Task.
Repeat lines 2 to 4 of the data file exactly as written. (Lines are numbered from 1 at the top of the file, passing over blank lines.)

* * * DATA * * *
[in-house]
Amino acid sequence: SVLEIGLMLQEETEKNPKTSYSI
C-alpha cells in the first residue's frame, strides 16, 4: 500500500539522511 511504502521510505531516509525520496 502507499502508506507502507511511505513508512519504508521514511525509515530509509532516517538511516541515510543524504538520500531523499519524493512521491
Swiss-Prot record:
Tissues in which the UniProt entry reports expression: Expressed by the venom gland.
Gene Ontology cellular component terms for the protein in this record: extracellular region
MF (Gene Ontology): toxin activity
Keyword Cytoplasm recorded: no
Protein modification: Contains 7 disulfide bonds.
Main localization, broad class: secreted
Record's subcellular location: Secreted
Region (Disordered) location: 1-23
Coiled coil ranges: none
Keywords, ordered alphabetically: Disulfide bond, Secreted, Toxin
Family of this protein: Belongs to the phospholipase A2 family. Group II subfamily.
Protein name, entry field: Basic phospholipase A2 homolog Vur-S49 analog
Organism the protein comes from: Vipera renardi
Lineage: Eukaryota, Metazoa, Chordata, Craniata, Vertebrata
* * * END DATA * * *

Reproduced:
Amino acid sequence: SVLEIGLMLQEETEKNPKTSYSI
C-alpha cells in the first residue's frame, strides 16, 4: 500500500539522511 511504502521510505531516509525520496 502507499502508506507502507511511505513508512519504508521514511525509515530509509532516517538511516541515510543524504538520500531523499519524493512521491
Swiss-Prot record: